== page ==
It’s two years after the America’s Cup was lifted in Bermuda – and two years before the next event is run in Auckland. The Detail today asks, how ready is the city?
We’re now half way between Emirates Team New Zealand’s win in Bermuda in 2017 and the America’s Cup being staged in Auckland in March 2021.
Two years ago when Peter Burling and Blair Tuke lifted the Auld Mug, Auckland city planners swung into action. A huge, complex programme worth billions was embarked upon, involving improved public spaces around the waterfront, moving tanks from Wynyard Wharf, strengthening wharves for challenger syndicates and constructing new breakwaters.
It was so ambitious that Auckland Council’s Director of Infrastructure and Environmental Services, Barry Potter, admits it might not all be finished in time.
“It’s a big programme, and quite complex in terms of the inter-connectedness of different parts of that programme. It’s tight, and the team is on track to deliver that …. some parts are under pressure and under higher risk than others but this is transforming that whole Downtown and America’s Cup area, a bit like what we’ve seen already with what the Wynyard Quarter has been through,” he says.
A new Te Wero Bridge is the first casualty of the tight timetable. A design described as ‘iconic’ is on the drawing board but the chances of getting it in place for 2021 are marginal so the decision’s been made to delay it.
Potter says if projects can’t be completed in time – they won’t be started. “The worst thing we could have is a bridge not being there at all,” Potter says. “We don’t want a construction site during the America’s Cup. That bridge is key.”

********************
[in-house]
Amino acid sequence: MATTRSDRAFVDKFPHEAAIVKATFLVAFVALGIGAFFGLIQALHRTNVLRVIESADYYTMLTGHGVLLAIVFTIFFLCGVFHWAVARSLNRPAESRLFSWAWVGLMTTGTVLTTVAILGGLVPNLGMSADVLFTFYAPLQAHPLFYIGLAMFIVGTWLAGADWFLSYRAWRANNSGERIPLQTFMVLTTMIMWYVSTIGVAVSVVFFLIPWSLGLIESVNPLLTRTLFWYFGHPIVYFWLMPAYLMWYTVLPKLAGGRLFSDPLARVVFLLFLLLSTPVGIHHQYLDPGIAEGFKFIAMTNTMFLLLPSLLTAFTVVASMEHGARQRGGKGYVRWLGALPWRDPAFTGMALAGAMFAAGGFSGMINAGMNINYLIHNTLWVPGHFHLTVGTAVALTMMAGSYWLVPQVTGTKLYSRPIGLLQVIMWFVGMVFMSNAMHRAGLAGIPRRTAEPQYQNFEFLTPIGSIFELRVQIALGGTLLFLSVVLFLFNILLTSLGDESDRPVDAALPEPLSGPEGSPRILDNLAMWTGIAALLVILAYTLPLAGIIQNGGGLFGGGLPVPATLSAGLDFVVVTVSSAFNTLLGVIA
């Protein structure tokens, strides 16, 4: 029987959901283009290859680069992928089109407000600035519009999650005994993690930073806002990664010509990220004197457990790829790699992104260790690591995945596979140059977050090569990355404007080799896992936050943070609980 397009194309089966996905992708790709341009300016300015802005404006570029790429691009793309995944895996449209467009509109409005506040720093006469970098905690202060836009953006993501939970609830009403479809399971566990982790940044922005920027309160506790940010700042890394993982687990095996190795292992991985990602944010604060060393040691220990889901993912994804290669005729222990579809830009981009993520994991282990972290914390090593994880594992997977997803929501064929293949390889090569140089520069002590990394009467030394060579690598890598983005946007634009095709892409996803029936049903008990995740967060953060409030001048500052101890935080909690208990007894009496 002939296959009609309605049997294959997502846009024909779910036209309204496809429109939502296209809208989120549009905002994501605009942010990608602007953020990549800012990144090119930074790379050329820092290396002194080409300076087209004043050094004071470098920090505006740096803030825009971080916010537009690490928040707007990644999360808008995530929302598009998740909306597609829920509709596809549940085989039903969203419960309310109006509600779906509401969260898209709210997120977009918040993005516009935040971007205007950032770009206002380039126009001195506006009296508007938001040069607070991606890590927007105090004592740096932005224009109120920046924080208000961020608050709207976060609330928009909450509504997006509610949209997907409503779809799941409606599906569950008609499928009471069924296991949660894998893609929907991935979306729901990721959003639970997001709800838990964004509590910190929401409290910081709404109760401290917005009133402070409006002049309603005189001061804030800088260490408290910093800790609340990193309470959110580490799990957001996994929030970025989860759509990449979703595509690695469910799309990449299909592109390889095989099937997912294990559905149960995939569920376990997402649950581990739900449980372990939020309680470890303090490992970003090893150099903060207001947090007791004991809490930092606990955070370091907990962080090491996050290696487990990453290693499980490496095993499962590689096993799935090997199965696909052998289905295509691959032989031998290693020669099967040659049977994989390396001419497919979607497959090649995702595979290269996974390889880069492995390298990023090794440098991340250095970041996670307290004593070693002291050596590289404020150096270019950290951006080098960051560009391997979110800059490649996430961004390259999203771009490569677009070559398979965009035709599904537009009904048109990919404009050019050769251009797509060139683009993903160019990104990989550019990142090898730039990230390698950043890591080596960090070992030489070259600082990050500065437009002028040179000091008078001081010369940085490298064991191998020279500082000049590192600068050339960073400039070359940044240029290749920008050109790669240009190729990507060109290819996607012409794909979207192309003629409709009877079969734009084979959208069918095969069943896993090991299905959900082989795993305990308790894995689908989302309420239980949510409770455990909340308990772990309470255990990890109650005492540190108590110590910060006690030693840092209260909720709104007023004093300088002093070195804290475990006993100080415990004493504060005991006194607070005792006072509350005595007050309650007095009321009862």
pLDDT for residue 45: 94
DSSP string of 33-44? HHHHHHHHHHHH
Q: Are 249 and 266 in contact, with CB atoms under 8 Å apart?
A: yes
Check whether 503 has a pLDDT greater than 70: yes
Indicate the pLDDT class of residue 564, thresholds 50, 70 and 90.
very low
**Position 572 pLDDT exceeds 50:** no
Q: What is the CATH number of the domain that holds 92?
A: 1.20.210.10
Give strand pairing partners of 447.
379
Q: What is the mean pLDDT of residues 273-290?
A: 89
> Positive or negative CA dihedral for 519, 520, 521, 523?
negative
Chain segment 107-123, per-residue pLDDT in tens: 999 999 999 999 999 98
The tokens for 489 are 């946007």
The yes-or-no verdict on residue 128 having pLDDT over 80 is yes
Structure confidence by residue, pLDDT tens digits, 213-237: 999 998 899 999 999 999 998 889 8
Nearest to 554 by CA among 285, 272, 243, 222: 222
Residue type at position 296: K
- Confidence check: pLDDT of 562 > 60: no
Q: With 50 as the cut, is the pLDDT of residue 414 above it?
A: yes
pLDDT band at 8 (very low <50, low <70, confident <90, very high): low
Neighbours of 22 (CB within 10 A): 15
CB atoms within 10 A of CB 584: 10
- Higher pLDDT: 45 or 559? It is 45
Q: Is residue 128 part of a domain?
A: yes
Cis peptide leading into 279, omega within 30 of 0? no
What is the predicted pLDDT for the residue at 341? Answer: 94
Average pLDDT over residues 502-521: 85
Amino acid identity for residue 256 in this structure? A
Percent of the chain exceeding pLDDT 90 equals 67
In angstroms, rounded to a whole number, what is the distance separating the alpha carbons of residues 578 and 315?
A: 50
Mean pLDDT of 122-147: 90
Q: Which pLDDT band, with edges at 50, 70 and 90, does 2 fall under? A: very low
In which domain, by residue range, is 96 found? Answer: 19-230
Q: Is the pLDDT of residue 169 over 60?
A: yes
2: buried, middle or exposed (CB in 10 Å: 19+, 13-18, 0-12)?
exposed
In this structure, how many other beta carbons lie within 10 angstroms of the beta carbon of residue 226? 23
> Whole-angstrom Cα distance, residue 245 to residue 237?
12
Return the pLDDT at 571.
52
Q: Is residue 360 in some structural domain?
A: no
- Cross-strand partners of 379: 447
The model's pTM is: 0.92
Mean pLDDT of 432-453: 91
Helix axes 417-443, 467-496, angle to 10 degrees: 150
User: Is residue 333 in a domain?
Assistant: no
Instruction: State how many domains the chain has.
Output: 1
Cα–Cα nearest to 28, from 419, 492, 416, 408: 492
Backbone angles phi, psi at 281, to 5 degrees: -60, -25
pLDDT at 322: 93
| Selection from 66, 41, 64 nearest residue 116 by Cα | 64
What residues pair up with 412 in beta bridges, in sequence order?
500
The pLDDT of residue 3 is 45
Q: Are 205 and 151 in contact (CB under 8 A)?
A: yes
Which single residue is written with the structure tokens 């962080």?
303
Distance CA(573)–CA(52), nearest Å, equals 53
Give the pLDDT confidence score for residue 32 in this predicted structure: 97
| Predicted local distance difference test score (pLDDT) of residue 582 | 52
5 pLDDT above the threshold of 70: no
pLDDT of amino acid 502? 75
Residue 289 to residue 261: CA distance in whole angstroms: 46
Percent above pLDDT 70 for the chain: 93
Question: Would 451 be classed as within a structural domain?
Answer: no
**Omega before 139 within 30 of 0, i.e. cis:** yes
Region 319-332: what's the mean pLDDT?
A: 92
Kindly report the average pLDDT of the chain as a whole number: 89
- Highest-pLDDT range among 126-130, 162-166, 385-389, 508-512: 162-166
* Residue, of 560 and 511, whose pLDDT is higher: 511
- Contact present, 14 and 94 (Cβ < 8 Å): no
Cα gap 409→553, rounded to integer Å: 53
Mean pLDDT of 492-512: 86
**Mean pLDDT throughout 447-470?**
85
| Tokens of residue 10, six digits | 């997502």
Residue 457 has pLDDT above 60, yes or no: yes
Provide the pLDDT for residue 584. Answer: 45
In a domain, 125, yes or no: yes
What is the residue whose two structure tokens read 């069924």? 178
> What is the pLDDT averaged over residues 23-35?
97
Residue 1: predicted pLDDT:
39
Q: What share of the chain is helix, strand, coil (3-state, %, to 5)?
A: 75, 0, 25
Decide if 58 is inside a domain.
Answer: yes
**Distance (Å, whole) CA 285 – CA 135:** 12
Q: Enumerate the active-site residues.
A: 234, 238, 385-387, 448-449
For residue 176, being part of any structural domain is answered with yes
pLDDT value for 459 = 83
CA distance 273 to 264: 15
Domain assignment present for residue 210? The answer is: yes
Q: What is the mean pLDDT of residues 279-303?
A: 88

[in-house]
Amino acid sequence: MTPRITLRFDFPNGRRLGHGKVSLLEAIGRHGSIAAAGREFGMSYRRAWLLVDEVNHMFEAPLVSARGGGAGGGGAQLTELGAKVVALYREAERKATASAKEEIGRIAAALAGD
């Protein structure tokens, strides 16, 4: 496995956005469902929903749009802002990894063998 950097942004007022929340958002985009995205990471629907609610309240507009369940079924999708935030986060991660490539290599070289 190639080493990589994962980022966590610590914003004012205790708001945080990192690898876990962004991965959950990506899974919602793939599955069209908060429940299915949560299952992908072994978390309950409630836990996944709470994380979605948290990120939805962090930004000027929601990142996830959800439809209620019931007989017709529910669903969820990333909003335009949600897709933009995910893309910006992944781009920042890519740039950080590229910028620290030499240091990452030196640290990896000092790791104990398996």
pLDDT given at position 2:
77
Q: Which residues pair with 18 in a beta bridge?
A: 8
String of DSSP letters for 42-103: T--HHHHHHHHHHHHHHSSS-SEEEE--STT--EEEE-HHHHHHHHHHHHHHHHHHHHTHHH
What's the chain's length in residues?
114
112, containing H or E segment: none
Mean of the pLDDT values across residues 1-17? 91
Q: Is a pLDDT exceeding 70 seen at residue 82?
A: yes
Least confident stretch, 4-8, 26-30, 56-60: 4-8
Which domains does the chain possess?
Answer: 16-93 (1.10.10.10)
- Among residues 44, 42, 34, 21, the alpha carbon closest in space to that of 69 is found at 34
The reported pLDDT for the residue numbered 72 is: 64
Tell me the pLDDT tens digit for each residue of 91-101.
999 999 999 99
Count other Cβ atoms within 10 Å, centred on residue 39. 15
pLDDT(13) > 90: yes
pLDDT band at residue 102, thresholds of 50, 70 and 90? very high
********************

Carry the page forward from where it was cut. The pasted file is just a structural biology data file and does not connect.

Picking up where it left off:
Potter says the old bridge, which raises to allow boats to pass underneath, is “a bit tired”, but work has been done on it and it is reliable. “It could be a nicer bridge for such an iconic area,” he says, “and what’s proposed there is quite dramatic.”
Also at risk are some pedestrian spaces downtown.
Right now the most prevalent sound from the waterfront area is the constant thump of pile driving, as Hobson Wharf is extended for the Prada base – the challenger of record. The other syndicates will be based on Wynyard Wharf, where tanks have been removed to accommodate them and strengthening is taking place. A new drain will dramatically improve water quality in that area.
Potter says the America’s Cup is driving change that will make Auckland one of the truly great cities.
It’s a massive change from what Locker Room editor Suzanne McFadden describes as a “smelly fishing village” before the first America’s Cup hosting in 2000.
“It’s really amazing when you think about Sir Peter Blake’s vision for this harbour – what he could see that it could be made into,”she says.
“He saw part of that developed in his lifetime but I think he’d be quite amazed at what’s even happened since then.”
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